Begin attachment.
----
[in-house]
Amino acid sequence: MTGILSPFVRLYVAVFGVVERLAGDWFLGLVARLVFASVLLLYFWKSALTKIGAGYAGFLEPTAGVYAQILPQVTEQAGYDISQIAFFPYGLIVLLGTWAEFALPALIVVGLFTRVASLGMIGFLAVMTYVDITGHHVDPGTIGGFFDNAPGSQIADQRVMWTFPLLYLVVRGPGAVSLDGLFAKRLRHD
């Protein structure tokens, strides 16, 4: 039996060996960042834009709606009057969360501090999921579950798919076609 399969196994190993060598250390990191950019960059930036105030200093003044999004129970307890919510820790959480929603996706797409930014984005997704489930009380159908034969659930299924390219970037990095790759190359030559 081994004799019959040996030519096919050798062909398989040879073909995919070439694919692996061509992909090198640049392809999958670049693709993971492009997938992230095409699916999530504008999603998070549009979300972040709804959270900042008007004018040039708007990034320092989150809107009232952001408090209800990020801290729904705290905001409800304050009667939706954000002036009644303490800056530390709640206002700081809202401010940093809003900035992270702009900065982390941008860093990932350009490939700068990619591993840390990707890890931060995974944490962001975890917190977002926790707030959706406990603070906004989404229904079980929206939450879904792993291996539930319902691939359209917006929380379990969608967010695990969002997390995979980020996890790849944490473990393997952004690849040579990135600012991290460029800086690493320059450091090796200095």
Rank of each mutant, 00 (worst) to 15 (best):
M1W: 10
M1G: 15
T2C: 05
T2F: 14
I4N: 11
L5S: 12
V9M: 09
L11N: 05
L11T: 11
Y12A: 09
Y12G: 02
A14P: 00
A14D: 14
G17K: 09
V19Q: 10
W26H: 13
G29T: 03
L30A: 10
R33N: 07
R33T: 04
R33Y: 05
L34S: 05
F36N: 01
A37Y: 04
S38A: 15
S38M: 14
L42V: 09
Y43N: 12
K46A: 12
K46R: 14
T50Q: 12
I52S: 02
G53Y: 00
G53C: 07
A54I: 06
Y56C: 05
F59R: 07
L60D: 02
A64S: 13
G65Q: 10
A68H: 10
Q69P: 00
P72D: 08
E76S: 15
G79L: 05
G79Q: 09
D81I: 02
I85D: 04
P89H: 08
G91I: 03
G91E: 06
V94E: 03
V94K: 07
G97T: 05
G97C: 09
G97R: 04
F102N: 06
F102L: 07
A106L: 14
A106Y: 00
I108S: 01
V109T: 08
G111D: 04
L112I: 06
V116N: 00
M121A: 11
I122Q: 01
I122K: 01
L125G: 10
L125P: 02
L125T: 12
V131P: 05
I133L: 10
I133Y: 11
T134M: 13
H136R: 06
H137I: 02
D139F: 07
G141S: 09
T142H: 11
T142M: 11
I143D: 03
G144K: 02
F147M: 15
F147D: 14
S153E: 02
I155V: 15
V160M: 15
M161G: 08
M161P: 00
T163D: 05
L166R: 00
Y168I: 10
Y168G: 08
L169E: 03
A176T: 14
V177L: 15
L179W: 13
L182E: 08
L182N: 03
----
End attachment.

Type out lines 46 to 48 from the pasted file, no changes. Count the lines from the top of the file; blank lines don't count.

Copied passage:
Q69P: 00
P72D: 08
E76S: 15